This bridge shares an intimate history with the
Eagle Avenue Viaduct, which was
demolished in 2005 with the exception of the vertical lift span. When the viaduct was
built in 1928, it was built right over this bridge. People crossing the Stones
Levee Bridge would be going under the viaduct, passing in between the steel bent
supports of the viaduct. See the photo gallery for a few photos from ODOT
The Stones Levee Bridge is historically significant as one of
the oldest truss bridges in Cleveland. It is also significant for being an
uncommon highway example of a Baltimore truss configuration. The bridge features
aesthetic qualities as well. The presence of v-lacing on the end posts and top
chord is an uncommon, and welcome feature that adds to the beauty of the truss.
The loss of the viaduct is unfortunate, but it is worth noting
that Stones Levee Bridge is a lot easier to photo now, and is much more
photogenic. However, the Stones Levee Bridge has not been cared for, despite its
historic and aesthetic value. The bridge has no paint, and rust is doing serious
damage. However, the bridge could and should be restored, perhaps for pedestrian
use. The bridge's parts should be sandblasted and cleaned, and worn parts
replaced with replicated period-design parts, and the structure should be
painted. Also, the ugly cyclone fencing on the bridge should be done away with.
Information and Findings From Ohio's Historic Bridge
The bridge carries a 2 lane city street and sidewalks over tracks of the B&O RR in a depressed section in downtown Cleveland. The setting is industrial.
The 1 span, 121'-long, rivet-connected Warren with verticals and subdivided panels thru truss bridge is heavily built with built-up members and cantilevered sidewalks with pipe railings. It has concrete
Summary of Significance
The 1908 rivet-connected Warren pony truss is among the early and complete examples of the truss type/design that would dominate county road truss bridge building in Ohio during the 20th century. There has been
no significant change in the bridge's status since the prior inventory. The eligible recommendation remains appropriate.
Warren trusses are the most common design found in Ohio and the nation. The Ohio Phase 1A survey (2008)
has identified more than 500 examples dating from 1897 to 1961, accounting for well over half of the approximately 800 pre-1961 metal trusses. The Warren design was particularly well suited to rigid (riveted, and later welded
connections), but not as well suited to pin connections; this helps to explain its popularity in the 20th century rather than the 19th century, although it is based on a British patent issued to engineers James Warren and Willoughby
Monzani in 1848. In the U.S., the popularity of the Warren truss coincided with improvements in pneumatic field riveting equipment starting about 1900. The Warren, which is based on a series of equilateral triangles, is identified
by its simplicity of design, ease of construction with equal-sized members, and ability of some diagonals to act in both tensions and compression. Warren trusses are often stiffened by the addition of verticals; they can also have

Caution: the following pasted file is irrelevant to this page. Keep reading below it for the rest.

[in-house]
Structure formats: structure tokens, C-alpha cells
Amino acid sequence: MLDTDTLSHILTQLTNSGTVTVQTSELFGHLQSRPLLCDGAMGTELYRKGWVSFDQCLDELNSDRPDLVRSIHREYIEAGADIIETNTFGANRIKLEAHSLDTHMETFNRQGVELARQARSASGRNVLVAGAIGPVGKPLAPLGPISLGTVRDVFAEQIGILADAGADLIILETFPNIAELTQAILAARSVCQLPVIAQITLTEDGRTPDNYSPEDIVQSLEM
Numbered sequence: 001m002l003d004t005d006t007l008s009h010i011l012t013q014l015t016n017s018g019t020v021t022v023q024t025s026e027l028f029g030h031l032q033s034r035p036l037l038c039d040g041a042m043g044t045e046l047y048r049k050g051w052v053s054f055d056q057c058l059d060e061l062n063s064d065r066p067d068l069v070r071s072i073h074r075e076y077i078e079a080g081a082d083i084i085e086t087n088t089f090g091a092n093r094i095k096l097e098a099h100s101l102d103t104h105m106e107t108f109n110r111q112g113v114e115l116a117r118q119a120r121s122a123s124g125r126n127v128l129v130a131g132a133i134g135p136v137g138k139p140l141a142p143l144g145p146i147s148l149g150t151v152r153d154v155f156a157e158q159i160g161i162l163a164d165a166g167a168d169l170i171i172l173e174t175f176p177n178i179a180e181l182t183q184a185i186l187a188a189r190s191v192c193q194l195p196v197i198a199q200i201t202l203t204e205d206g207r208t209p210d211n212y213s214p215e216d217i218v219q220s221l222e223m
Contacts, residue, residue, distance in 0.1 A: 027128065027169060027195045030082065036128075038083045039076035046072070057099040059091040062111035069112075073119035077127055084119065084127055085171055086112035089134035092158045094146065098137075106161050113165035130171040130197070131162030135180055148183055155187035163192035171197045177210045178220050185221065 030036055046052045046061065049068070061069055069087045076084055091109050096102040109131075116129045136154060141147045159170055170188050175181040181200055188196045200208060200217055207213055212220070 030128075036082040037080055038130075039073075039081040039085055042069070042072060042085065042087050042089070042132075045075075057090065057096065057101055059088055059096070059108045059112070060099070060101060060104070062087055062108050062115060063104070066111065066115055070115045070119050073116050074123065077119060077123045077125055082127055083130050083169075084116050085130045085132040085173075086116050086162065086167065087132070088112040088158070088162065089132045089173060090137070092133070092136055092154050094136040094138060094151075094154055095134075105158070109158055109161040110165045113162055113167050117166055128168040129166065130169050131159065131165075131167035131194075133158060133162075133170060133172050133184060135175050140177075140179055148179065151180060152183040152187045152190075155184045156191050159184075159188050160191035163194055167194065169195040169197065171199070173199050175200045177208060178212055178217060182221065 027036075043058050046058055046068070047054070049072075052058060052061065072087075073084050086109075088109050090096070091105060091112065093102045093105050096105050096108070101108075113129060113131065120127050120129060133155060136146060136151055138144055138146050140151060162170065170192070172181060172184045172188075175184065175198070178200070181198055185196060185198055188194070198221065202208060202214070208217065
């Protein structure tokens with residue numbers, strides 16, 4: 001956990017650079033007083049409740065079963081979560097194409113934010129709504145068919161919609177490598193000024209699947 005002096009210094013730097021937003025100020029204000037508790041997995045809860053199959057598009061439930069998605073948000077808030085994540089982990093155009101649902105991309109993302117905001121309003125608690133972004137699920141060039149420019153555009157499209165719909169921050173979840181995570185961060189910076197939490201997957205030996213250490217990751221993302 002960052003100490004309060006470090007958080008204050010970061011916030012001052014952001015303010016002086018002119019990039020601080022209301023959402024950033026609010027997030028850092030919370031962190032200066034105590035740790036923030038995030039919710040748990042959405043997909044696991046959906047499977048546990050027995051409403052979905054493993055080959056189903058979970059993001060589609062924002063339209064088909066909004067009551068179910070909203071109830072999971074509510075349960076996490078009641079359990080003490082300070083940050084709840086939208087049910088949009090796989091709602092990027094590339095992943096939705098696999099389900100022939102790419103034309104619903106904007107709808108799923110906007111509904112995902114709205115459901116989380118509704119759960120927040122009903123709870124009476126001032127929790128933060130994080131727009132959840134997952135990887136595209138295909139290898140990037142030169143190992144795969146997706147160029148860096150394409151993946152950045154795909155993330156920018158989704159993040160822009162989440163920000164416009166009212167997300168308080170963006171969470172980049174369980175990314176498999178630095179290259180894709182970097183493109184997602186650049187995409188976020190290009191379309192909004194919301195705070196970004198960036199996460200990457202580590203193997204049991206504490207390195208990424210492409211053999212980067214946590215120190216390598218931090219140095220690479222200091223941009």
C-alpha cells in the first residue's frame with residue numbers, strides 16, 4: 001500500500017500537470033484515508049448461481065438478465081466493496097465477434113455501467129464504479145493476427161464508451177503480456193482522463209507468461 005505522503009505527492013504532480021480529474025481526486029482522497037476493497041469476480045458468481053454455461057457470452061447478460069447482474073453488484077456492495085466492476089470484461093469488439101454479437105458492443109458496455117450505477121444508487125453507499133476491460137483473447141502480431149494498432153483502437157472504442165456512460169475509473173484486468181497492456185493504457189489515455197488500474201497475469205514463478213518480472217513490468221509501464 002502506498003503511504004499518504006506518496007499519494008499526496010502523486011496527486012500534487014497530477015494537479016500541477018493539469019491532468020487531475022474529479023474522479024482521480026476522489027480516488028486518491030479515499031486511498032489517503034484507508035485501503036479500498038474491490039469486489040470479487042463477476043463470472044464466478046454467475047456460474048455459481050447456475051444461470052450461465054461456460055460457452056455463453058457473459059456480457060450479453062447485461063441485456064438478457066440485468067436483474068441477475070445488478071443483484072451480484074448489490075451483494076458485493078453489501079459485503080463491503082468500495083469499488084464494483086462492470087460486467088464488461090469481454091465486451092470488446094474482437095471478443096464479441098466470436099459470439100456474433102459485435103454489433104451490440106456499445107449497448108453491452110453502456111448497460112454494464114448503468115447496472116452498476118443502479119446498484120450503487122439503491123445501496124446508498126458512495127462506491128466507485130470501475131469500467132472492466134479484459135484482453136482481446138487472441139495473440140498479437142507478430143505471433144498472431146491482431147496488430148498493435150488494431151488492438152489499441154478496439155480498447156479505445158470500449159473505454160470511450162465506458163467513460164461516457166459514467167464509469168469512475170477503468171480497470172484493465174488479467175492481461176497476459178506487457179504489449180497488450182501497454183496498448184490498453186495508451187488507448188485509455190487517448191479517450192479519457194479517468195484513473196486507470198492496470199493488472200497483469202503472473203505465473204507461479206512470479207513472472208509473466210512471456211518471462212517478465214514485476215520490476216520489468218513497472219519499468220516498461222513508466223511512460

polygonal (sloped) upper chords to achieve greatest depth at midspan.
Warren trusses were a standard design of the Ohio State Highway Department in the 1910s and 1920s, but they achieved their greatest popularity with county
engineers, who purchased the bridges from Ohio fabricators such as the Champion Bridge Co. and the Mt. Vernon Bridge Co. Fewer than 12 surviving rivet-connected Warren trusses date prior to 1910, and they represent the period when
the rivet-connected design solidified its position as the most popular prefabricated county truss design.
A noteworthy change in the technological development of Warren trusses was the transition from riveted to welded
connections that began in the mid to late 1930s. The development was based on improvements in arc-welding equipment and the propagation of welding techniques as a substitute for riveting in many fields of construction, such as
steel-hull ships and steel-frame buildings. While most of Ohio's remaining truss fabricators went out of business in the depression of the 1930s, Ohio Bridge Corporation (OBC) of Cambridge grew its business on the development of a
standard weld-connected Warren pony truss with polygonal upper chords in the years immediately following WWII. OBC remains in operation and many Ohio counties continue to find the weld-connected Warren trusses to be a desirable
economical alternative to other bridge types. More than 360 of the 500 Warren trusses in the study are weld-connected and most are attributable to OBC from the late 1940s to 1960. It is the early examples of weld-connected Warren
trusses dating from the mid 1930s to mid 1940s that are the technologically significant examples.
The bridge is one of over 40 extant riveted thru truss bridges of all designs built between 1904 and 1959. This example is representative of the population and has moderate significance. There are also many
riveted thru truss bridges servicing the many rail lines in the state.
A collection of overview and detail photos. This photo gallery contains a combination of Original Size photos and Mobile Optimized photos in a touch-friendly popup viewer. Alternatively, Browse Without Using Viewer